Feature Story

DSW looks to UNFPA and IRC for psychosocial services in flood response

30 August 2015

Nay Pyi Taw - On 15 August, the Ministry of Social Welfare Relief and Resettlement (MSWRR) and UNFPA held a three-day workshop on gender-based violence case management in Nay Pyi Taw. Two trainers from the International Rescue Committee (IRC) facilitated the workshop. In total there were 27 caseworkers from the Department of Social Welfare (DSW) and 2 from Marie Stopes International (MSI), with a further 9 observers from DSW. The workshop was to train caseworkers to provide quality psychosocial support and case management in order to provide both response services and to mitigate the risk of violence for women and girls in times of trauma.

 

The three-day workshop was to build participants’ capacity to provide case management support, including psychosocial first aid, establishing women and girls safe spaces and developing safe referral pathways to support the needs of women and girls who are particularly vulnerable in times of disaster. Often, with more obvious and immediate pressing needs such as food, water and shelter, the basic needs of women are overlooked, especially their need for hygiene products and physical security. Mi Mi Thin Aung, National Coordinator, GBV said: “During and immediately after a disaster, women and girls are more vulnerable to the risk of gender-based violence. They are often traumatised by the loss of life and their belongings. Currently, we have extreme flooding in 12 of Myanmar’s 14 States and Regions. In this emergency context, appropriate psychosocial interventions and case management services for women and girls are essential.”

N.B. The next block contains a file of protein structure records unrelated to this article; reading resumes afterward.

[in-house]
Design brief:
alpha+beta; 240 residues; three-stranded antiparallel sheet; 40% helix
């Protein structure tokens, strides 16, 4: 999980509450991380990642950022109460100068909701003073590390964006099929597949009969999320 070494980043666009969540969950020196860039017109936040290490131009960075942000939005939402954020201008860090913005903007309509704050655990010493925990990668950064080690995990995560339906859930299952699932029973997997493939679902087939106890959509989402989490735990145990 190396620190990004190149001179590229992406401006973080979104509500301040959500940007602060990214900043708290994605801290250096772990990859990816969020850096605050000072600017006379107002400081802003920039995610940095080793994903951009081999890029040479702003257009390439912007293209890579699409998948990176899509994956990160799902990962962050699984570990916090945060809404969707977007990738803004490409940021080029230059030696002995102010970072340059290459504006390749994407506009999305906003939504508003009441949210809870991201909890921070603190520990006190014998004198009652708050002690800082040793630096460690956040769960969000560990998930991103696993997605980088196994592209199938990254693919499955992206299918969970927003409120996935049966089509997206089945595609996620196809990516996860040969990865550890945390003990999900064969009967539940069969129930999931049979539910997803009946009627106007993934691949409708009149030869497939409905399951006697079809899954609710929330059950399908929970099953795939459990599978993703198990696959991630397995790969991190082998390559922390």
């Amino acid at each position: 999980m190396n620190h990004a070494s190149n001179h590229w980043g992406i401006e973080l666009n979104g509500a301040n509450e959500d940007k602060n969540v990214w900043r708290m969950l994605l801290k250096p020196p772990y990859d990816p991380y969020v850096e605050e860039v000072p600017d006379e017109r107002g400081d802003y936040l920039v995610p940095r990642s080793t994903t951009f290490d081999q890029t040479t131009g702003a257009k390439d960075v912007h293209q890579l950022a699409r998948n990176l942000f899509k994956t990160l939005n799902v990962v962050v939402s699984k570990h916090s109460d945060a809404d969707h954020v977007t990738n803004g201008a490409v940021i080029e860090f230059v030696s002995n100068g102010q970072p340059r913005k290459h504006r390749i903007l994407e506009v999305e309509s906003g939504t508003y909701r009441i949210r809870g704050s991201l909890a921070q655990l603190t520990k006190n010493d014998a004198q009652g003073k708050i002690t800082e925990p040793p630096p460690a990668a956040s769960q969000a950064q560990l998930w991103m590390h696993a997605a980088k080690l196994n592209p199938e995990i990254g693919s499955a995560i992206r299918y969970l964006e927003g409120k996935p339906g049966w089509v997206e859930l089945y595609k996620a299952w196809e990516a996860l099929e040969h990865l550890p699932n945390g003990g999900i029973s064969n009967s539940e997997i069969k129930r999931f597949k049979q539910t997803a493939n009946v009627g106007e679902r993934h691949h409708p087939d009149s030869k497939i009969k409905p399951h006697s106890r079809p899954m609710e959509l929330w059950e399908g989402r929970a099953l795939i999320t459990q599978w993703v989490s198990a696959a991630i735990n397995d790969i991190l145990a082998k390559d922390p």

The three-day training helped to deepen understanding of the impact of natural disaster on women and girls, including increased vulnerability as a result of a loss of physical security and the depletion of community protection mechanisms. Through this, caseworkers agreed to adhere to accepted minimum standards of gender-based violence response and prevention activities. This included the development of referral pathways, case management, coordination, and reporting and psychosocial support. Ko San Lin Htike, a Counsellor for Marie Stopes International, said he had learnt a lot: “The workshop gave us new ideas and perspectives on counselling on gender-based violence. In communities, we should listen to what people have to say, and synchronise this with our planned activities. We also need to raise awareness among communities about GBV. The training also showed us how to link and coordinate our activities with DSW, the main government agency responsible for GBV.” 

The caseworkers will be deployed to areas hardest hit by flooding and landslides, which in many cases has led to displacement, for example Magway, Rakhine, Sagaing and Chin. A second training course will take place staff in September after which refresher courses will be conducted.